The government of Mauritius recently announced its controversial plan to cull or “control exercise” endangered Mauritius fruit bat (Pteropus niger) to protect the nation’s fruit industry. The bat culling will be done from October 28 to mid-December this year.
Bat culling in Mauritius
Bat culling has been a controversial issue in Mauritius. Fruit bats are known to eat fruits and farmers and orchard growers complain that the bats damage their lychee and mango harvests.
According to a National Geographic article in 2019, the trouble for the bats started in 2002 after Mauritius fruit growers began exporting their mangoes and lychees and mostly blamed the flying foxes for the rotten mangoes and chewed lychees on the ground.
According to Herve Hardy, a retired sugar factory transport manager and one of the most outspoken advocates for culling, the bats were only confined in the forest in the 1970s but now there are bats everywhere. He said that as of 2015, there are 579,000 fruit bats. Hardy calls for reducing the flying fox population to about 13,000, the number he estimates lived on the island in the 1970s. Many fruit growers and their lobbyists began calling for bat culling.
The call prompted the government to order the bat culling of tens of thousands of bats in 2015, 2016, 2018, and 2019 saying that bat culling is necessary to protect the crops of fruit growers as “they cause significant damage to plantations.”
The government has killed 51,318 flying foxes as of 2019.
Bat culling of Mauritius Fruit bats alarms scientists and conservation groups
Vincent Florens, an ecologist at the University of Mauritius however disagrees with the figures. Florens deems that since the government did the bat culling late in the year, many mothers were pregnant and had babies. “You shoot one bat and basically kill two.” Bats that were injured and later died were also not included in the official count. Florens also disagrees with Hardy’s estimation of the bat figure (579,000 bats) saying it is biologically impossible as the island is not large enough and does not have enough food to sustain the flying foxes. The flying fox’s population has decreased by more than fifty percent since the 2015 culling.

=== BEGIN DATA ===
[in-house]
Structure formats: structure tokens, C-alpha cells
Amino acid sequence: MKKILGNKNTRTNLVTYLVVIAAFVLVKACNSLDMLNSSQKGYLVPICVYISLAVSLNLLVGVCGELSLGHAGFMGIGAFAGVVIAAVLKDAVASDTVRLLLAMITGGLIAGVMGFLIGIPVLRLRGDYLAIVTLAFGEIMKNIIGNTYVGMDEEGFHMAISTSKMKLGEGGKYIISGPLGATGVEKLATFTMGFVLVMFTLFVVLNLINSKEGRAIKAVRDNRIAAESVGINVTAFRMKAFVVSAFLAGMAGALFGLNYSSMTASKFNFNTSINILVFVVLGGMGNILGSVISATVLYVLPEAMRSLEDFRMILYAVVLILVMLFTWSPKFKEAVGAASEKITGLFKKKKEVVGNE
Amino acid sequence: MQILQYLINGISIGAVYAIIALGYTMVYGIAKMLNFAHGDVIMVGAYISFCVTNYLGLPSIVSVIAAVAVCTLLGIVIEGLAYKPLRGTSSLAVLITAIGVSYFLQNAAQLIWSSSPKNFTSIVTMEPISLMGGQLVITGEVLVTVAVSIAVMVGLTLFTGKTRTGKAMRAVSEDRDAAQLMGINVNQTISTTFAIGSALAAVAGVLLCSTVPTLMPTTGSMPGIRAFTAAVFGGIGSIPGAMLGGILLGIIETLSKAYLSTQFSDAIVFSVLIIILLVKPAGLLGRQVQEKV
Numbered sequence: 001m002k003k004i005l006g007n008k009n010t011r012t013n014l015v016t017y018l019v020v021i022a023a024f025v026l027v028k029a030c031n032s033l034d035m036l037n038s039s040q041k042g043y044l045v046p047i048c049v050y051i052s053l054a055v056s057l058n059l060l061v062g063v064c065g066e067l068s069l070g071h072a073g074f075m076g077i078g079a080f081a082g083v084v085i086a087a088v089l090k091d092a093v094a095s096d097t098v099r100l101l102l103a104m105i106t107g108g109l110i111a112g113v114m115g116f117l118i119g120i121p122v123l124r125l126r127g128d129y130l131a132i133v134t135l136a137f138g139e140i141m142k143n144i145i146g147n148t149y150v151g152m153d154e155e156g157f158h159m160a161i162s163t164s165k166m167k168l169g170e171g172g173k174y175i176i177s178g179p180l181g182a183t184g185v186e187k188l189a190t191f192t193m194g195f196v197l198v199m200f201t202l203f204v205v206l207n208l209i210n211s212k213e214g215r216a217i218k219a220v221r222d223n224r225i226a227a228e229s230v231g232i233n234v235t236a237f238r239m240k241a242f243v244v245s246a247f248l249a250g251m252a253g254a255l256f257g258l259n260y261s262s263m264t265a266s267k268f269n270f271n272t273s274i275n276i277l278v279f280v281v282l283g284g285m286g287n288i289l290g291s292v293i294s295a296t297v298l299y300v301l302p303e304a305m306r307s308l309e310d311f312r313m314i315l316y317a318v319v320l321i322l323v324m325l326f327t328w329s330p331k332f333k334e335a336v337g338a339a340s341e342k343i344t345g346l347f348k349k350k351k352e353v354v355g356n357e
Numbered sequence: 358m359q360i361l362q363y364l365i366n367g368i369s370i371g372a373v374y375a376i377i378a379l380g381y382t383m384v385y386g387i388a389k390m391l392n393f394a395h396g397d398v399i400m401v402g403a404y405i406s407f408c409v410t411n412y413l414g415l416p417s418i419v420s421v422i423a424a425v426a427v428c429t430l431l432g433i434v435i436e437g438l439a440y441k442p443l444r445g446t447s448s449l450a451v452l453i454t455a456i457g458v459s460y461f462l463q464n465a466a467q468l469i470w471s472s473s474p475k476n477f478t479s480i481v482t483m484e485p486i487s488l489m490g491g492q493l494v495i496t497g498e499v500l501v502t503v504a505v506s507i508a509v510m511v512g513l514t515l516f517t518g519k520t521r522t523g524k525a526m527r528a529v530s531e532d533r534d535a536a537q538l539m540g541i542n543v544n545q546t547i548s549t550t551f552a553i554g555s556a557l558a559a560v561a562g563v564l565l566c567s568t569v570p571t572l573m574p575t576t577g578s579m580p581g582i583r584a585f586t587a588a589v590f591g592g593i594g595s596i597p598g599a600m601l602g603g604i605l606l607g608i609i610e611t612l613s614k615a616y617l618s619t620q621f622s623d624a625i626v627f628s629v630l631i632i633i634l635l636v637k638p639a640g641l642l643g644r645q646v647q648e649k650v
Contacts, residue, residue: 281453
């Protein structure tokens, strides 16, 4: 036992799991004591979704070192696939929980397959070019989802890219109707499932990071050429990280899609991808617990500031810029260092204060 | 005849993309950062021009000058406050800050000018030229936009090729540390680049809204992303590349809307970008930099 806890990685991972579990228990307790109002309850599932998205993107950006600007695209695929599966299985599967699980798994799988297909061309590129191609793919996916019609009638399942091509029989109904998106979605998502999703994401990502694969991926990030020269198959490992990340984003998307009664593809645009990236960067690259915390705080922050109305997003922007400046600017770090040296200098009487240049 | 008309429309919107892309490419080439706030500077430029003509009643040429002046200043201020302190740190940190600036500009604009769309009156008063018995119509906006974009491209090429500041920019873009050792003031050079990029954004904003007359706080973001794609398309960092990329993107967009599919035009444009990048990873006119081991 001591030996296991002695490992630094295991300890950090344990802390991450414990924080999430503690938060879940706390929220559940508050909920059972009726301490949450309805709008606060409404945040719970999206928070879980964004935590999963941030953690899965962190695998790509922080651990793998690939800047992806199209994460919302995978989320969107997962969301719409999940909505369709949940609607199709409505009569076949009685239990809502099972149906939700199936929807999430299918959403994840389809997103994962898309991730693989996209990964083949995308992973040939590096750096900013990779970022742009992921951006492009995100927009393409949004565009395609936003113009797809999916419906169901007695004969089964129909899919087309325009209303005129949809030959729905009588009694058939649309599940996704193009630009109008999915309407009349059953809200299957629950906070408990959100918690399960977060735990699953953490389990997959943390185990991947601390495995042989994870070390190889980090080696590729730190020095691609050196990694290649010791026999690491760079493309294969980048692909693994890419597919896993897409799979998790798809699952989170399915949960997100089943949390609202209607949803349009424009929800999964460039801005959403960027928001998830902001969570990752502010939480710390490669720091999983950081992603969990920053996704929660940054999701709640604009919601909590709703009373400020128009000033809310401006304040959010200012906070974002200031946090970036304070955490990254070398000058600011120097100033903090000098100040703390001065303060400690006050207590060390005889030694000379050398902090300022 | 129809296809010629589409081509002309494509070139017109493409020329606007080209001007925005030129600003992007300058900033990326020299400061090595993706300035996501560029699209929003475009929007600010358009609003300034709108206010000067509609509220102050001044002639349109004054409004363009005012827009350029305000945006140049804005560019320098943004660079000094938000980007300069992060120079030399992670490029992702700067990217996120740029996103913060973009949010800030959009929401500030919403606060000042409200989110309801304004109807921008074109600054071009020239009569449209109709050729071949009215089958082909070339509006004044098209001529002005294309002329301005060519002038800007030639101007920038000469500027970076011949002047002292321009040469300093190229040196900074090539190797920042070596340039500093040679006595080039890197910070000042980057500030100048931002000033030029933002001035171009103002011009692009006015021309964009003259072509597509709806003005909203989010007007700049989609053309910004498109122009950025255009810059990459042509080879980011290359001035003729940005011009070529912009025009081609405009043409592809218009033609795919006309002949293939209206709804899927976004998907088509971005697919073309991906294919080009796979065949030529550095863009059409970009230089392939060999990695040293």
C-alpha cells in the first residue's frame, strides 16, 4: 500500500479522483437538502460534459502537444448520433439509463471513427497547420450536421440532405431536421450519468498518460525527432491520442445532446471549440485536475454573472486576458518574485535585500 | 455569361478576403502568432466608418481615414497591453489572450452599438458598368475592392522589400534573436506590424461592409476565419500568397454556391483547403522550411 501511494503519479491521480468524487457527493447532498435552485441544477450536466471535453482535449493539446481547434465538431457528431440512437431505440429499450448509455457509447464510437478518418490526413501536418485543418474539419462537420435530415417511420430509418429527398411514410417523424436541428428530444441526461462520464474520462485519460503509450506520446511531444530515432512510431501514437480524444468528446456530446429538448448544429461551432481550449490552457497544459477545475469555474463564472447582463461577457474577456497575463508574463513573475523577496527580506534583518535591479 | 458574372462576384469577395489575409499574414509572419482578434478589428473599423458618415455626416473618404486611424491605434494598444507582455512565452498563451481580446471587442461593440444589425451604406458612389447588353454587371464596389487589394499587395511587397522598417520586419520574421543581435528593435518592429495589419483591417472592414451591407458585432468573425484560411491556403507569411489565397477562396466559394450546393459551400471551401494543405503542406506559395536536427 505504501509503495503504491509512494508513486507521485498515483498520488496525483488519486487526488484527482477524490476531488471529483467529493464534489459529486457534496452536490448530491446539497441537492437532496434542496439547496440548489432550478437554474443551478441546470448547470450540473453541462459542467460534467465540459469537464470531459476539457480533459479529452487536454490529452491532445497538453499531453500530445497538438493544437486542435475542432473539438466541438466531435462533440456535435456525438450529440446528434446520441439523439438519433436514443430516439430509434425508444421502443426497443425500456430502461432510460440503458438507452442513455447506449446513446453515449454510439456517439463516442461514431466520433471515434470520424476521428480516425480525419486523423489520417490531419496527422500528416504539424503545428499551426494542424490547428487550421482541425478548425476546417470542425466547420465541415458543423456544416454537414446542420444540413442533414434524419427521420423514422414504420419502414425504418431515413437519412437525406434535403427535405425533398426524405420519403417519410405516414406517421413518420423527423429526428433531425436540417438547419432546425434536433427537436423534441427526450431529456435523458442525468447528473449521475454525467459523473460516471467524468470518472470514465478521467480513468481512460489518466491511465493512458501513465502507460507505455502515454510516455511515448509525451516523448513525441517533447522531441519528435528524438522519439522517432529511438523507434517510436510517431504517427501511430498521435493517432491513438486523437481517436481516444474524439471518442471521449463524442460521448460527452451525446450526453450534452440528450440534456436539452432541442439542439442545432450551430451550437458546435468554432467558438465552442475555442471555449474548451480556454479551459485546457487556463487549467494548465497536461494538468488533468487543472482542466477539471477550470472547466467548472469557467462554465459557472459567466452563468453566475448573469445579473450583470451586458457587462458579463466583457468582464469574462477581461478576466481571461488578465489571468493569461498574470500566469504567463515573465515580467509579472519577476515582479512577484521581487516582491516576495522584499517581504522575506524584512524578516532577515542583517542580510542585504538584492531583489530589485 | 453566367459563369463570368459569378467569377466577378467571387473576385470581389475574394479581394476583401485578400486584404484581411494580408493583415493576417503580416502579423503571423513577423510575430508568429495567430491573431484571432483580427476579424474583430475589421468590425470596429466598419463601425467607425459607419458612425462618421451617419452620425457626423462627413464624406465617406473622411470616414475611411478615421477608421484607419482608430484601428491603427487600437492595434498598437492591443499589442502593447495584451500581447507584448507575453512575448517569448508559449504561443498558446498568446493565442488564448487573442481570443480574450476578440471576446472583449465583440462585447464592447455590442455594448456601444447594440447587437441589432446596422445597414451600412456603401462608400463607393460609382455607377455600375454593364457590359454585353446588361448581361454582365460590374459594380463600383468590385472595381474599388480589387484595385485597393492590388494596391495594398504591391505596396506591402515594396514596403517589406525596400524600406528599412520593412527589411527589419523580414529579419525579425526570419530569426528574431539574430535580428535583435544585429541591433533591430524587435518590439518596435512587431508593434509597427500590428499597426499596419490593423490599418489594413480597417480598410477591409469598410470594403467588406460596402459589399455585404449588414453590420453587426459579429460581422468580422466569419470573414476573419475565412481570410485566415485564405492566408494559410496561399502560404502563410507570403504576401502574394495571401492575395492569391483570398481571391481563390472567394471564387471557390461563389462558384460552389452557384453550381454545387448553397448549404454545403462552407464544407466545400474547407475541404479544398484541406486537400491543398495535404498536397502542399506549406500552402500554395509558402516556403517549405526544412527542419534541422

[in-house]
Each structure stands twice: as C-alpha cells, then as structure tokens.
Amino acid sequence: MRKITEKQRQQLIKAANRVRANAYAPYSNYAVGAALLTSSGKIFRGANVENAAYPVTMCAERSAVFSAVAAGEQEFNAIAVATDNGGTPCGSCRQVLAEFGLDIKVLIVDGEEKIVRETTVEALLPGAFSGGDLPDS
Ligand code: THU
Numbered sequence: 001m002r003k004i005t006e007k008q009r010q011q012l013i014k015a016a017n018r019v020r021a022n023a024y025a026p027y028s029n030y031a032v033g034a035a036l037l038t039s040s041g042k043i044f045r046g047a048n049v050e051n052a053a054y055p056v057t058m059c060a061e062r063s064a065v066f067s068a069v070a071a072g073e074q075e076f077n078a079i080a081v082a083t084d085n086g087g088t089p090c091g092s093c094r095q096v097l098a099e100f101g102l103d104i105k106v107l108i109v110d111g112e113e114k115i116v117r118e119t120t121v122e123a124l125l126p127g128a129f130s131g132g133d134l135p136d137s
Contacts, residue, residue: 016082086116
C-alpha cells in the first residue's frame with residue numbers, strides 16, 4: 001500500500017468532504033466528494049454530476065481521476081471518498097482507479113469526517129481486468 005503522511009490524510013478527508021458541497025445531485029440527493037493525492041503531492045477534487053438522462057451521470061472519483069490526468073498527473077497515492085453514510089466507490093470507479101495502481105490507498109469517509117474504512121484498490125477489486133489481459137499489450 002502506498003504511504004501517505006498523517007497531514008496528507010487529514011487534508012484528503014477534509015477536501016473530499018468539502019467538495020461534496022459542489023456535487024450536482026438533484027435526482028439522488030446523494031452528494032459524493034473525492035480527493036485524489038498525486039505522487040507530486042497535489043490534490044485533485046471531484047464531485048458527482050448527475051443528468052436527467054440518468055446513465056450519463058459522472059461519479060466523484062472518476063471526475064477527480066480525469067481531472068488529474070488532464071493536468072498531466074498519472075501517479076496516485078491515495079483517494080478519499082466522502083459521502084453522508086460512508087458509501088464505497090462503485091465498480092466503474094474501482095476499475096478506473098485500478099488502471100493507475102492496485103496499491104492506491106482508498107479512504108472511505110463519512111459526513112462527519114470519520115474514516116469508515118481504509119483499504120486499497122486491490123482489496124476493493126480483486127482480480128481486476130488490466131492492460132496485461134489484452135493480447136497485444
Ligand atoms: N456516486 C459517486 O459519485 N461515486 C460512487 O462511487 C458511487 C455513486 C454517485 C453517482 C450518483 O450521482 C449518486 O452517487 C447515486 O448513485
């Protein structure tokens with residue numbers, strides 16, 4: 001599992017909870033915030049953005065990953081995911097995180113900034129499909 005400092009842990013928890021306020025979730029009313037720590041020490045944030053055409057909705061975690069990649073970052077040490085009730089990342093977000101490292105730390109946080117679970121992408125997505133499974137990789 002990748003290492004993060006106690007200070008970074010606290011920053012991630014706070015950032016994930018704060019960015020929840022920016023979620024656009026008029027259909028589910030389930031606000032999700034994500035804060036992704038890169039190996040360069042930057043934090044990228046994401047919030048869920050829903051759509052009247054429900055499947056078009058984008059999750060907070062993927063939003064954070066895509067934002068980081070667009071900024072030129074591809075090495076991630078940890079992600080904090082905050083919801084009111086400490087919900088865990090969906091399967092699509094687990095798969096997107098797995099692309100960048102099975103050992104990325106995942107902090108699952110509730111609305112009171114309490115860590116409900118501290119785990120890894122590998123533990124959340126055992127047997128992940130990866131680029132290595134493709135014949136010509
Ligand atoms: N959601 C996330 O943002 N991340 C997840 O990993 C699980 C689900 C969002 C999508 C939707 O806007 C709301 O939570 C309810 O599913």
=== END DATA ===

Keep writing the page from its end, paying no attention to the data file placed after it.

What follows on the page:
A preliminary study indicates that flying foxes account for 11 percent damage to large mango trees and nine percent to lychees. In a research published in the Journal for Nature Conservation, growers allowing the fruit to overripe add to the waste. Strong winds and other fruit-eating animals and insects also cause fruit damage.
Several academic studies also revealed that the damage to fruit in the island’s orchards is not due to bats but birds that are invasive in Mauritius. And yet, the government is bent on blaming the fruit bats.
Lychee production fell by 70 percent since the first culling because of the mix of the weather, invasive fruit flies, birds, macaque, and rats, Florens reported in the Journal for Nature Conservation.
Florens and several conservation groups have filed a case against the government for the bat culling action.
Non-lethal damage control solutions
Conservation experts recommend other non-lethal solutions as an alternative to bat culling. Recommendations include covering the orchard with nets, planting trees in a row, and pruning it to stay small which improves the netting efficiency and increases the yield as is being done in Australia and Thailand.
As litigation continues, Florens and other conservationists continue to push for education to propose alternatives to killing the endangered Mauritius fruit bats than the bat culling.
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